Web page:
Q: In 2002, mysterious white vans parked beside highways were ...

(A) Campaign workers for Linda Lingle
(B) Crews looking for missing hikers
(C) Seismologists measuring rumble-strip vibrations
(D) Taking pictures of speeders' license plates

A: (D) Taking pictures of license plates to issue speeding tickets.

Aug. 12

Q: In 2001, a U.S. Navy submarine maneuvering off Pearl Harbor ...

(A) Ran aground on a coral reef.
(B) Struck an underwater obstacle, damaging the bow.
(C) Accidentally sank a Japanese school ship.
(D) Went to general quarters on Sept. 11.

A: (C) The USS Greenville sank the Ehime Maru.

Aug. 11

Q: In 2000, who made a spectacular return visit to the islands?

(A) Tyrannosaurus rex at Bishop Museum
(B) Emperor Akihito and Empress Michiko of Japan
(C) The imperial Japanese navy, bombing in “;Pearl Harbor”;
(D) The Rolling Stones at Aloha Stadium

A: (A) Tyrannosaurus rex at Bishop Museum, and (C) the imperial Japanese navy, bombing in “;Pearl Harbor.”;

Aug. 10

Q: In 1999 the Navy turned Barbers Point Naval Air Station over to the state and ...

(A) After years of planning, the state was still unprepared.
(B) The area finally became prosperous and free of crime.
(C) It became a model of public-private enterprise.
(D) Thousands of homeless were warehoused in the former hangars.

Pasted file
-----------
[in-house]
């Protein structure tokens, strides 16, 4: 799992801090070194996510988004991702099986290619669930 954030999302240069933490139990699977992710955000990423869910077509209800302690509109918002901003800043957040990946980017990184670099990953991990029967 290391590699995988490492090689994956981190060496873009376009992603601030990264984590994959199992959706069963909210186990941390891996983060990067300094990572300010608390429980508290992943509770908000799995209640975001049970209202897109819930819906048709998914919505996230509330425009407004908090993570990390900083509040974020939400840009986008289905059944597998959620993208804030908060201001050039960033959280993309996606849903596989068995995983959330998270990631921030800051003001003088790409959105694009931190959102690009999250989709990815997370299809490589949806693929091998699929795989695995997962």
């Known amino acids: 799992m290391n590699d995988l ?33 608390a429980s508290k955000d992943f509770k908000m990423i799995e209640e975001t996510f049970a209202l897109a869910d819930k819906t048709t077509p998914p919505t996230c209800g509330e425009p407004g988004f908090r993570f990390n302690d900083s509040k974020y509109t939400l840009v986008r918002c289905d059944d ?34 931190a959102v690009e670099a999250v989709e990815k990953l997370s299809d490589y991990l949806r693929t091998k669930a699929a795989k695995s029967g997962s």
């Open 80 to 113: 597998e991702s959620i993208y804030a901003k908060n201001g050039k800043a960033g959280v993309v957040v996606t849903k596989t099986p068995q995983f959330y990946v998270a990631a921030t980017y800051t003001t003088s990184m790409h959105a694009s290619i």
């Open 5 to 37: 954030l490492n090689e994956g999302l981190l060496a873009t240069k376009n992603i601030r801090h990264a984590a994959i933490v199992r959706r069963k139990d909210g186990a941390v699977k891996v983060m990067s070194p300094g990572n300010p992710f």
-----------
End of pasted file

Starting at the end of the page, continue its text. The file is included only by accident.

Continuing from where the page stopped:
A: (A) Despite several attempts at municipal planning, the state of Hawaii was ill-prepared to take on the former Navy property at Barbers Point.

Aug. 9

Q: In 1998, what occurred at Iolani Palace on the 100th anniversary of annexation to the United States?

(A) The world's largest lei was constructed to make the Guinness Book of World Records
(B) An all-day festival or “;makahiki”; of island crafts and culture
(C) The American flag was pulled down and a Hawaiian flag flown over the palace
(D) A demonstration baseball game featuring former Hawaii Islanders

A: (C) A Hawaiian flag was flown over Iolani Palace.

Aug. 8

Q: In 1997 who was not upset that the Honolulu Star-Bulletin ran an essay called “;Broken Trust”;?

(A) Trustees of Bishop Estate who were criticized by the authors
(B) Editors of the Honolulu Advertiser who neglected to run the essay
(C) Members of the Hawaii Supreme Court, who chose Bishop Estate trustees
(D) Na Pua a ke Ali'i Pauahi, a group of KSBE students, alumni and teachers

A: (D) KSBE students, alumni and teachers who made up Na Pua a ke Ali'i Pauahi marched on Bishop Estate headquarters at Kawaiahao Plaza in May, 1997.

Aug. 7